Monday, November 19, 2018

Review: The Breath of the Sun by Rachel Fellman, at Strange Horizons

Today at Strange Horizons I review Rachel Fellman's The Breath of the Sun, a remarkably assured debut that challenged me to fully capture it.  As I write in my opening paragraph, it's a novel that invites comparisons, but is also very much its own thing:
There are any number of neat, one-sentence ways to sum up Rachel Fellman's The Breath of the Sun. You could describe it as a cross between Sofia Samatar's A Stranger in Olondria (2013), Ursula K. Le Guin's The Left Hand of Darkness (1969), and Jon Krakauer's Into Thin Air (1997). You could sum it up as a fantasy-world fictionalization of the first summit of Everest, in which Edmund Hillary and Tenzing Norgay are both women, and one of them is a wizard. And you could even make an argument for the book as a Nabokovian meta-narrative, in which both the narrator and her first and only reader try to puzzle out what actually happened, juxtaposing the story with later observations and documentary evidence. 
These are all accurate descriptions—and, I hope, enticing ones. But they don't quite do The Breath of the Sun justice.
The novel itself is a climbing memoir in a fantasy land where mountains reach well beyond the atmosphere and scientist-priests use magic to craft pressure suits and hot air balloons.  It's about exploration, religion, and obsessive love.  It's unlike anything else I've read this year, and I strongly urge you to seek it out.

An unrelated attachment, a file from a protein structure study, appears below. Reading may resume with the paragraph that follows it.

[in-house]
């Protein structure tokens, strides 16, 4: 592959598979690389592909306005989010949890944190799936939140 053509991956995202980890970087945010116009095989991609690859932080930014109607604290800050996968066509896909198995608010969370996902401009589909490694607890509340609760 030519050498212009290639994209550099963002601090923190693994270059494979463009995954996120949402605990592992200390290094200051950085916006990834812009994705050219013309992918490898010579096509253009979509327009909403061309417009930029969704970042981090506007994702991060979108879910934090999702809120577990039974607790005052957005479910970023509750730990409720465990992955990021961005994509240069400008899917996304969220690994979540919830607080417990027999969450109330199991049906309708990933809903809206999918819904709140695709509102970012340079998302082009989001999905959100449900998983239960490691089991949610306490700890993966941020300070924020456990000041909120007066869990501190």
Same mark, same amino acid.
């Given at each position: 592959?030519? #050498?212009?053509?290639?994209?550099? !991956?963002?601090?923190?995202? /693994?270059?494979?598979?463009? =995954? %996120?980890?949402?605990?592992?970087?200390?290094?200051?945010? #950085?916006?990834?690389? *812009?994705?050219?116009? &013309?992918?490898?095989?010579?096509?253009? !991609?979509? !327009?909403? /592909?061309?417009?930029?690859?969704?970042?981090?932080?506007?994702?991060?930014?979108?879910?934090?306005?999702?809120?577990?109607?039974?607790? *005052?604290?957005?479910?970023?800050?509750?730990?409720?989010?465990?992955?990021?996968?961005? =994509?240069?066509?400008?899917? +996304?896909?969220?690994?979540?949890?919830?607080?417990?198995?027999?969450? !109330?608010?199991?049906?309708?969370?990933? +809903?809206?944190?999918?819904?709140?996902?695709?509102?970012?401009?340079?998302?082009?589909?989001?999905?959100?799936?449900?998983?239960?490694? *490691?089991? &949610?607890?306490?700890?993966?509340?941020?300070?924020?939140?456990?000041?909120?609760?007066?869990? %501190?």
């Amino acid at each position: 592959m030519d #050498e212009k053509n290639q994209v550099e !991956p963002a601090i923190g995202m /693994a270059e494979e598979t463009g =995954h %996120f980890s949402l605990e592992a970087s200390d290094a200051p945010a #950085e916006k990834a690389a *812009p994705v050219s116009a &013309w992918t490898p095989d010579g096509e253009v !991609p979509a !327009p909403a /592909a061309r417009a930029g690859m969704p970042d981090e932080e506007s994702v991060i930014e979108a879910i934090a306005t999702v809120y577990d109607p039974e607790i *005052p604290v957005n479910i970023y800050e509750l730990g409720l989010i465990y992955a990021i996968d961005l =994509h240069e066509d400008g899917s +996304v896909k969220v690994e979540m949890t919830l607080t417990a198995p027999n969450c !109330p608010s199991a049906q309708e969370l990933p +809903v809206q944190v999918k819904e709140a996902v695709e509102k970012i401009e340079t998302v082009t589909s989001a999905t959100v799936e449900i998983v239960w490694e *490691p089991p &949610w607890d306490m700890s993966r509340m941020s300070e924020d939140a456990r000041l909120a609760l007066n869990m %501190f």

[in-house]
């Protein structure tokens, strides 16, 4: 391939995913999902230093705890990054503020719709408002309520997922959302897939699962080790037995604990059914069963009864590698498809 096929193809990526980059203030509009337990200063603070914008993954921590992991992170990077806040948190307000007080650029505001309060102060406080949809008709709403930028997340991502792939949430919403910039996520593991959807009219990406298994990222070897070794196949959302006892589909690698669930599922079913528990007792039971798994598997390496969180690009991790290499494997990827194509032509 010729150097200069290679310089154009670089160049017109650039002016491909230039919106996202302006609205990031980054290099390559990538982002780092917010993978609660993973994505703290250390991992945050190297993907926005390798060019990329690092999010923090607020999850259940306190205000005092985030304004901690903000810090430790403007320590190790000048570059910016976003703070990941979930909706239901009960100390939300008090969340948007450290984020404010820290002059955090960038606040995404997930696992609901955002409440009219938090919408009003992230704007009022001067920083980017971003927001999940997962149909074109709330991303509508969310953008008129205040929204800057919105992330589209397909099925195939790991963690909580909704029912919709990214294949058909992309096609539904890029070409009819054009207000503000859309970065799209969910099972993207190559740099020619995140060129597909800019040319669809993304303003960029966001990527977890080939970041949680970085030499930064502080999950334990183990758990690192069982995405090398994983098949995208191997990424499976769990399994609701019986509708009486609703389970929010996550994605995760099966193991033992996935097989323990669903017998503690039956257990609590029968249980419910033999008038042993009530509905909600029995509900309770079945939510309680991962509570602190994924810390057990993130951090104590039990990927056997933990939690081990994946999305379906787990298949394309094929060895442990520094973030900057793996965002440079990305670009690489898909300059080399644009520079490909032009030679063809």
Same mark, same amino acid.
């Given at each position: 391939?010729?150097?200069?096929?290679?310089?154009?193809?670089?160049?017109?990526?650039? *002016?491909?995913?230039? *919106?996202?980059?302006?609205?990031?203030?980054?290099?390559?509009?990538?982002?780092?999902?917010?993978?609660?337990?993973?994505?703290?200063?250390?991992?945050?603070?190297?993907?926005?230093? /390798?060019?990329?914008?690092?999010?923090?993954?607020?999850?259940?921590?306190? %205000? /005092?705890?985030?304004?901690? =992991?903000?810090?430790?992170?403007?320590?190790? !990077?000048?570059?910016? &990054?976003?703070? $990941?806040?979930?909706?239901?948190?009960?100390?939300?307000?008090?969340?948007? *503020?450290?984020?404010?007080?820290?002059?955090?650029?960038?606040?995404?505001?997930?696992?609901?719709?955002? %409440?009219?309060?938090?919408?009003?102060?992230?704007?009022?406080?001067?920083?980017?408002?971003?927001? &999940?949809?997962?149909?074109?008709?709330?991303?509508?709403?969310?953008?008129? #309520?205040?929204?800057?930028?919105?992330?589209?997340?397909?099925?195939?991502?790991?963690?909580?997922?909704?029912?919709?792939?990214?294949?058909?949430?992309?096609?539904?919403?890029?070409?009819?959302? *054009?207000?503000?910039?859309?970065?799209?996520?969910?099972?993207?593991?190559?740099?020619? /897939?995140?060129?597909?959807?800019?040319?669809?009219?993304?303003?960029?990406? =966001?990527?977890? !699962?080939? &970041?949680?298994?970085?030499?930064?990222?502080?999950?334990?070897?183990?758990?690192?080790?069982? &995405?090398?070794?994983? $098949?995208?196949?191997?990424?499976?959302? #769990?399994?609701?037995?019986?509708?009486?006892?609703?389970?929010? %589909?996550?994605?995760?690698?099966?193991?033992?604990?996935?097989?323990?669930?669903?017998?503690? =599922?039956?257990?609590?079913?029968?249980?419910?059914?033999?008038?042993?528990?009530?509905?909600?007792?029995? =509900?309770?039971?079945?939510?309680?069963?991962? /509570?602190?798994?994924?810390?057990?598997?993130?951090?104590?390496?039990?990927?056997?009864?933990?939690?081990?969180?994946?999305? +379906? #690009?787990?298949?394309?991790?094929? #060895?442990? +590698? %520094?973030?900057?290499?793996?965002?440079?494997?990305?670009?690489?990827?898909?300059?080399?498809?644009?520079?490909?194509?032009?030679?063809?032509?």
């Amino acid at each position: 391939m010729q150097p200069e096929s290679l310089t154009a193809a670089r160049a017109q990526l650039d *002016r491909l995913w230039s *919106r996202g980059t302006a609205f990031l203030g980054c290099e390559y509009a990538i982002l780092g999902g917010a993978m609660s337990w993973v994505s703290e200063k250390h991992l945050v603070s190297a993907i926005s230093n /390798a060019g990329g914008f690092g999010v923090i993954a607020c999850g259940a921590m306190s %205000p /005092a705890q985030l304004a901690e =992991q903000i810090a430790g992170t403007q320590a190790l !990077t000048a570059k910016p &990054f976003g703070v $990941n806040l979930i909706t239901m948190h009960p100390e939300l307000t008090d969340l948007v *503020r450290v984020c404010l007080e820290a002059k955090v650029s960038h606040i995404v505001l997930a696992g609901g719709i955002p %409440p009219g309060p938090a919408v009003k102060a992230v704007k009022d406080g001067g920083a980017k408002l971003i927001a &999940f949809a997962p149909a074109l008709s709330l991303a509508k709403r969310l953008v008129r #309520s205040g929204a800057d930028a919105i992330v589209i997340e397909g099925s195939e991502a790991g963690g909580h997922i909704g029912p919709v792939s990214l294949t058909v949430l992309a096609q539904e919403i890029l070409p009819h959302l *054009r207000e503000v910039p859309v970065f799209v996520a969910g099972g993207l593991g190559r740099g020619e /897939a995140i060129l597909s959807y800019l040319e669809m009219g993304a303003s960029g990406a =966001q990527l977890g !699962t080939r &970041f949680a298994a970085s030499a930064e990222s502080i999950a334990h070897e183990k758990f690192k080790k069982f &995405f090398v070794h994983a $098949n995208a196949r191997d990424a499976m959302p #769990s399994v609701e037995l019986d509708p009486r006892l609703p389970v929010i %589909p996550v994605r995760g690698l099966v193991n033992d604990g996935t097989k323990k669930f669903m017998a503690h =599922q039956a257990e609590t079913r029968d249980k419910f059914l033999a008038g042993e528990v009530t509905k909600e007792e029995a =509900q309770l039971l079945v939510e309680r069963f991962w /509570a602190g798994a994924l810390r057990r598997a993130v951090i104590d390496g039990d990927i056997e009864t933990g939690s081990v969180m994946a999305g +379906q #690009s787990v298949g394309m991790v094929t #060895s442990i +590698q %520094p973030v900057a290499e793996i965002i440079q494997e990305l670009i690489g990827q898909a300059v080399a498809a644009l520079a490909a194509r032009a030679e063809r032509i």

While I have you, allow me to recommend two other recent pieces in Strange Horizons that are well worth your time.  First, Erin Horáková follows up the epic "Kirk Drift" with "Erin Groans: A Gormenvast Review of Every Adaptation of Mervyn Peake's Titus Books".  Which, well, does what it says on the tin, with a typically thorough Erin exploring stage adaptations, radio plays, and weird art projects.  It's a great exploration of how this odd, indescribable work has inspired artists in multiple mediums, and how they've struggled with its nuances.  Second, Samira Nadkarni offers what must be, hands-down, the most thorough and thoughtful review of Venom, discussing the way that issues of race, colonialism, and disability are filtered through the film's plot about an irreverent alien parasite taking over a hapless human.  It's a wonderful example of how to take a serious approach to an inherently silly work.

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